This poster beautifully captures a period in American culture (the apocalypse mentality of the 1980s) both in terms of politics, music and film; just as it cannily captures the movie's go-for-broke, imaginative sensibilities. I know it's heresy to say so, but Return of the Living Dead is THE zombie movie that captures the eighties (the way Romero's Night and Dawn reflect perfectly the 60s and 70s.) Return was a big hit in theaters, and you gotta wonder...how much of that success originated from this daring, original poster? The movie was great - a masterpiece even - yet perhaps it was the poster that got bodies in the auditorium...

Don't forget, mail me at my website www.johnkennethmuir.com and send me your pop art suggestions, with reasons why your choice is valuable to you. I'm really enjoying your submissions and want to see more!

Reader Pop Art # 2


Hey everybody, we continue our gaze at pop art today with another beautiful reader selection. This choice comes from erudite and amazing Kim Breeding, a skilled artist in her own right. She has given us a cover rendering from the first installment of the new Labyrinth manga.

She writes:

"The maddening Escher-esque staircases are echoed here from the movie's big climax, both behind Jareth himself and also in the collar around poor Toby's neck; he is dressed up as a worthy successor to the throne of the Goblin King, but his confusion is clear in his portrayal here.

Besides the collar, the crown seems a bit too big and heavy for the boy's head. What is the huge disc above and behind Jareth? Is it a religious halo? We are perhaps meant to think so, except that it is not a source of light, but of darkness. The ball he is holding, also from the movie, recalls the sphere that many a monarch in old paintings is seen to be holding, though in the other hand was usually a scepter or sword (where IS Jareth's other hand? tee hee) so together with the halo, we are meant to see that even though Toby is wearing a crown, Jareth is still the reigning monarch.


The castle looming in the background recalls the image from the movie when Sarah first enters the magical land and sees the impossible task before her. This is the beginning of Toby's impossible task. In the movie, Jareth was in love with Sarah and tried to make her his queen; now, that plot foiled, he turns to the little brother, to make him his heir. One could argue for thinly veiled homo undertones with that, but I think that's too obvious..."

This is a fascinating choice, with uniquely interesting resonances. Especially because David Bowie played the character in the film version and is, after some fashion, a work of pop art himself. The former Ziggy Stardust is an immediately recognizable signifier as an alien or "other" (given his starring role in such films as The Man Who Fell to Earth). Oftentimes, what Bowie's personhood or presence represents to artists is not merely "alien-ness" but rather the very human and specific quality of androgyny. Kim's joke about thinly veiled homosexual undertones in this work of art is spot on in the sense that Bowie is infamous for his aura of sexual mystery (if not homosexuality). Did Bowie really sleep with Mick Jagger (Angela Bowie reportedly once found them naked in bed together...)? Perhaps that's not the immediate issue here since this isn't Bowie per se but rather an original depiction of Jareth - a character he originated. Still, it relates back to Bowie. The apparent androgyny of this villainous character (right down to hair-style and delicate eyes...) indicates in the frame the idea of danger. Or certainly mystery. Our knowledge of Bowie adds to that interpretation, I believe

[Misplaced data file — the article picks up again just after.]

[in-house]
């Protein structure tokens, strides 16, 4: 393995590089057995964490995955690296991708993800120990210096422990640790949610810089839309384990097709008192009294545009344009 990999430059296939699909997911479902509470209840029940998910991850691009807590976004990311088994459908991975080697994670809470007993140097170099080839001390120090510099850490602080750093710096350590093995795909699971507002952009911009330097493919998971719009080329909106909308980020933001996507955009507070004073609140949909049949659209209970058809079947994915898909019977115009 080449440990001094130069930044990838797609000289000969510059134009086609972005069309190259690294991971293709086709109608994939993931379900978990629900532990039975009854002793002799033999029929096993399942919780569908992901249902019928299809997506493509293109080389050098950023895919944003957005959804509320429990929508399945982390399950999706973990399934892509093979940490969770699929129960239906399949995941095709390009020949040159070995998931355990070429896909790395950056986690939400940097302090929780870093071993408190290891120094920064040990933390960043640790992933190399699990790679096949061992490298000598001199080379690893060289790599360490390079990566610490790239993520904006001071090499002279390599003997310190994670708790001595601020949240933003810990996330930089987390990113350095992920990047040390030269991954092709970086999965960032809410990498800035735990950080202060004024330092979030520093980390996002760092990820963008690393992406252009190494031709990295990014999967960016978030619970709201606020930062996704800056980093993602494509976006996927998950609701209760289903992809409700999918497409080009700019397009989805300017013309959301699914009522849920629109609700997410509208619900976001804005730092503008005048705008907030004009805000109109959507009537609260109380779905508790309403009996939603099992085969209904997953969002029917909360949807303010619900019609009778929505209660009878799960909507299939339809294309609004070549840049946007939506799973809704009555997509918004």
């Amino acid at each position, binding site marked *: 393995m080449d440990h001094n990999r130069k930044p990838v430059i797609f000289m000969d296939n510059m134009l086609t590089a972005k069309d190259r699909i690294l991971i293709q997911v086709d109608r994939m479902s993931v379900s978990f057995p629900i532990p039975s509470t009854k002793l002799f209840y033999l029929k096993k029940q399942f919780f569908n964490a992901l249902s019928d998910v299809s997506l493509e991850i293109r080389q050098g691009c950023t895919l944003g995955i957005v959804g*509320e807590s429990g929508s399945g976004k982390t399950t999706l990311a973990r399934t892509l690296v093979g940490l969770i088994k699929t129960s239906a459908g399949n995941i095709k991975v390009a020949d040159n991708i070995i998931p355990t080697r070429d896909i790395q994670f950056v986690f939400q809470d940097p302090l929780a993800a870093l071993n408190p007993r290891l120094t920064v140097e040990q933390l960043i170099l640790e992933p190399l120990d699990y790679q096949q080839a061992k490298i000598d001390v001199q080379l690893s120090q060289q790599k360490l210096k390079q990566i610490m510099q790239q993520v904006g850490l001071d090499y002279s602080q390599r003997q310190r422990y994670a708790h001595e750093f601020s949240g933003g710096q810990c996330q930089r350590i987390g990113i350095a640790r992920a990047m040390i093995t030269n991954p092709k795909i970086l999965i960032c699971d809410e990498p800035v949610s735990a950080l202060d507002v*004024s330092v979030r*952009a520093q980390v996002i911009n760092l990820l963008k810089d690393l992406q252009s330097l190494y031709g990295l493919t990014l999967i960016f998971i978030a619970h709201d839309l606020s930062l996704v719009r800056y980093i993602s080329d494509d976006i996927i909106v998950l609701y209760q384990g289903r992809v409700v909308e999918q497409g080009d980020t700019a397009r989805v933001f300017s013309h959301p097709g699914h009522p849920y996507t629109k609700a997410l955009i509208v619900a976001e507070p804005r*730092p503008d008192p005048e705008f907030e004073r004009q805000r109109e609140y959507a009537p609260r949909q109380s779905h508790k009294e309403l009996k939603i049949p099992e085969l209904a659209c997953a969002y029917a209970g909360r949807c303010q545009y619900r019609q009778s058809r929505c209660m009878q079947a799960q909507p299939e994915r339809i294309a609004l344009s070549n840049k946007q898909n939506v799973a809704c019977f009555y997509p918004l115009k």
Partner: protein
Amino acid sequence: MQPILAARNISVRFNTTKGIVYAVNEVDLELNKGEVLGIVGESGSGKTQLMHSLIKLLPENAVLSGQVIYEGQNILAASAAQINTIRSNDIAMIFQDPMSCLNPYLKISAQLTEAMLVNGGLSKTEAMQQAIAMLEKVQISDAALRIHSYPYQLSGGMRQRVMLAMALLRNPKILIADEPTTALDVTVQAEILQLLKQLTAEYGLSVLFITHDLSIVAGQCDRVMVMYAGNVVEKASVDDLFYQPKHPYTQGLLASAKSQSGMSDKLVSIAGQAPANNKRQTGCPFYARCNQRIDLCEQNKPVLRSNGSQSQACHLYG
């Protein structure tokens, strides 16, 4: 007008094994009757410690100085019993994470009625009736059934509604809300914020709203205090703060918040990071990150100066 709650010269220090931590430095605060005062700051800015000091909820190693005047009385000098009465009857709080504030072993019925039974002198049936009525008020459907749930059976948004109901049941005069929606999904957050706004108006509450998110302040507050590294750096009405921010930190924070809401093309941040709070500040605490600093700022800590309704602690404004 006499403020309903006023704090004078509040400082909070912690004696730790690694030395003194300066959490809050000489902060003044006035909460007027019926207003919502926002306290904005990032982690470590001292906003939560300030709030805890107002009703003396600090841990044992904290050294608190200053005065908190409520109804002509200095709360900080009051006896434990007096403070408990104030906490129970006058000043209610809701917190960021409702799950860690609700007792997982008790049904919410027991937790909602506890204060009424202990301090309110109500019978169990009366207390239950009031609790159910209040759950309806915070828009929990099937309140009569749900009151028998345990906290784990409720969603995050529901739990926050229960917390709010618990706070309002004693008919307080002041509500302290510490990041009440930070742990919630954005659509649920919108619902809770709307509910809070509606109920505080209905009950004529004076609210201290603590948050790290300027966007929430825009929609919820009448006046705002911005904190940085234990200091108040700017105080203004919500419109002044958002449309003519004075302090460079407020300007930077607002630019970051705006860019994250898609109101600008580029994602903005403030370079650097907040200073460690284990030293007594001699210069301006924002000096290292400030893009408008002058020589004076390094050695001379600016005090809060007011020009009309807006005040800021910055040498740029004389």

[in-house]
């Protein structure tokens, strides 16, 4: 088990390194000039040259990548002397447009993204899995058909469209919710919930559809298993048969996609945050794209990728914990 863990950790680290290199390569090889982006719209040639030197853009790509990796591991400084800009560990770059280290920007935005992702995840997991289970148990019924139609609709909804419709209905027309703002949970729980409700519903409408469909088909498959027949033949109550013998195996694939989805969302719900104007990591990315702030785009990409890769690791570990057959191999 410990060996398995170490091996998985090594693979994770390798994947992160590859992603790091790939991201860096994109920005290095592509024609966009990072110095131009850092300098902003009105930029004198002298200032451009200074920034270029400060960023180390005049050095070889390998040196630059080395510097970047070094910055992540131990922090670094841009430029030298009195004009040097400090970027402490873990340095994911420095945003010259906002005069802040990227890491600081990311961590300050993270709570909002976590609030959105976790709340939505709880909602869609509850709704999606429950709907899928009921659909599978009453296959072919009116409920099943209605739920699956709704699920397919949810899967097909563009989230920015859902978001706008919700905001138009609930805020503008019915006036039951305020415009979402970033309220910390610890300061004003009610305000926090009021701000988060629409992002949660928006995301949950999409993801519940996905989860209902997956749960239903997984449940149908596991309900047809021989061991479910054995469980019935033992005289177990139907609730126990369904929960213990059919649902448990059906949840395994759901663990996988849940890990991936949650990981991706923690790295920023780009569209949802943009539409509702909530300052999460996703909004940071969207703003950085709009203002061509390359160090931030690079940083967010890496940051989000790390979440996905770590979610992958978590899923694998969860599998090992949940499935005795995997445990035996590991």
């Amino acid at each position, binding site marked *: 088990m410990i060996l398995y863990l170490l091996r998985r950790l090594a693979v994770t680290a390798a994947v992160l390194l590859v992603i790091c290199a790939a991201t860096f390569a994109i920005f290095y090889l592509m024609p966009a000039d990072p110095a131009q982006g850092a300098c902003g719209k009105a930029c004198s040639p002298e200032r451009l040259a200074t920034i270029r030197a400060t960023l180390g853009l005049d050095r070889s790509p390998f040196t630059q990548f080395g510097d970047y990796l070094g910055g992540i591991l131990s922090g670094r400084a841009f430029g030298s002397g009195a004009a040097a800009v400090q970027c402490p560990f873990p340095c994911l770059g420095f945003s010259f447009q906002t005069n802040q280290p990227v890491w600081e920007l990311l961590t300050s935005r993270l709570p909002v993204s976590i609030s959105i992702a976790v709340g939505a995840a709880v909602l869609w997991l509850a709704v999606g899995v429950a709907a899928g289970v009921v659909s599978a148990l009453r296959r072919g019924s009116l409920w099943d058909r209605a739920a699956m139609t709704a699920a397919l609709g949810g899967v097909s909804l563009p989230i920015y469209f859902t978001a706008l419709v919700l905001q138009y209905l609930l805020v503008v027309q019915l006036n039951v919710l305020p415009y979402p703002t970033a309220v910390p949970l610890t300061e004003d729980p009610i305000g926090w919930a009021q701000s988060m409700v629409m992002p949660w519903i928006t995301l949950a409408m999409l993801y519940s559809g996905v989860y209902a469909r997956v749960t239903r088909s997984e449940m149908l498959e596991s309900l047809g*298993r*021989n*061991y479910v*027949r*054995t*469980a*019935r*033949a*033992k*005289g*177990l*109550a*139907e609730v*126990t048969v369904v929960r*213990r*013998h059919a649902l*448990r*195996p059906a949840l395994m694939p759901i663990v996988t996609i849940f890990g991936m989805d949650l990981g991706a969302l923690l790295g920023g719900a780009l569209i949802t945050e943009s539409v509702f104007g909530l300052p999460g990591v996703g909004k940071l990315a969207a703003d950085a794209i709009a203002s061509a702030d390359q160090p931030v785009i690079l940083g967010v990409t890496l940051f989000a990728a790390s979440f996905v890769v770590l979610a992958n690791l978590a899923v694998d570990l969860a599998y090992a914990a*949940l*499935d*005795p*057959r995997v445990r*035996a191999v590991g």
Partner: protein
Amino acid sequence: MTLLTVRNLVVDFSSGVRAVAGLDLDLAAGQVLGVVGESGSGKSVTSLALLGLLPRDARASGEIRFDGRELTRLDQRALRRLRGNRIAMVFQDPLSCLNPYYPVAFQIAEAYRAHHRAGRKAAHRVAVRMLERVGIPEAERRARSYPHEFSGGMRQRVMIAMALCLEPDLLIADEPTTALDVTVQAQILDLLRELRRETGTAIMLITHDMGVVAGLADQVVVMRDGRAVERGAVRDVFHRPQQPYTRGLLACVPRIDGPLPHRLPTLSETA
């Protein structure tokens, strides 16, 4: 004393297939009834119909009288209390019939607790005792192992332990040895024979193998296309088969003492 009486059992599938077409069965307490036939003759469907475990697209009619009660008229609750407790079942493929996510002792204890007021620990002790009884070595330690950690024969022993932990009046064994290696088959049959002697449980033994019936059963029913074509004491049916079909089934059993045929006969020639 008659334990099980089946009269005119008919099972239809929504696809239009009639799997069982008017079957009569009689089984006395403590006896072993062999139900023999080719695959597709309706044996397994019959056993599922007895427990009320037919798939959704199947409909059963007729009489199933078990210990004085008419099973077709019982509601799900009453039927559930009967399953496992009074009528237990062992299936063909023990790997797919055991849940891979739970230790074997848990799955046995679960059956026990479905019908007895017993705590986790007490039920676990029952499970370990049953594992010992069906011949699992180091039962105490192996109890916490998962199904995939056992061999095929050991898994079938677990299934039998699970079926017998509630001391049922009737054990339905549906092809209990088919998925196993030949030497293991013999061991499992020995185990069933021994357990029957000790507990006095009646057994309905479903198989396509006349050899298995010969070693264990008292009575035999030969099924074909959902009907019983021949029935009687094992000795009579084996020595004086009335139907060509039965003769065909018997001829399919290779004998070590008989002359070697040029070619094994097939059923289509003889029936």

Thanks Kim for sending this art along! And readers, don't forget to send more selections. I want to see the pop art that has influenced and impressed you!

Monday, April 23, 2007

Reader Pop Art # 1


Our first reader-chosen pop art selection arrives on the blog courtesy of Dr. Howard Margolin, the host of Destinies: The Voice of Science Fiction. Thanks for starting us off in great shape, Howard!

He writes:

This cover always struck me as one of the finest DC ever turned out. Drawn by the incomparable Neal Adams, it has the same background color as his classic "Superman Breaks Free" from issue 233, and redone later as a Power Records cover and the cover of Action 485, but this is the opposite side of Superman. The shading on Superman's costume as he leans forward enhances the effect of his skin turning green as he dies of Kryptonite Poisoning. Also, remember that this was before the era of multi-layered computer coloring, so the interplay of light and shadow (e.g. the light glinting off his shoulders) was particularly effective. Plus, his statement, "I'm taking you with me," given his vow never to take a life, was shocking to me at the time. Can't say I recall the story at this point, but this cover is forever etched in my memory.

When I study this cover, first-and-foremost I see an expression of rage - which isn't usual for Superman. His fists are coiled, balled up in anger. Notice too how the dialogue balloon on the right side of the cover is jagged and sharp, emphasizing the rage inherent in the Man of Steel's words ("I'M TAKING YOU WITH ME - all caps!). Also, as the cover is laid out, there seems to be a source of light (like a sun or something...) behind Superman, I'd guess at shoulder level. An intense light...gradually getting less intense as it moves away from him. By featuring it behind him, and in that position, it makes Superman the fulcrum of intensity in the composition. As though his anger is creating light - energy - itself. I think the feeling Howard describes - shock - is exactly what the cover intends to convey; the notion that Superman is mad as hell and about to kill someone. Everything in this cover, the jagged balloon, the intense light behind him, the all-caps, the balled fists, convey this notion. Also, the reflection of green on Superman's face tends to make him look even more murderous and abnormal, which is important to the idea that the universe portrayed here is disordered, wrong (hence, shocking or surprising). On a very basic level, this is also a look at idealized masculinity turned inexplicably angry and violent.

Don't forget, I want to see your selections of great pop art and feature 'em on the blog! Send your images and your feelings about the art to my e-mail at
www.johnkennethmuir.com.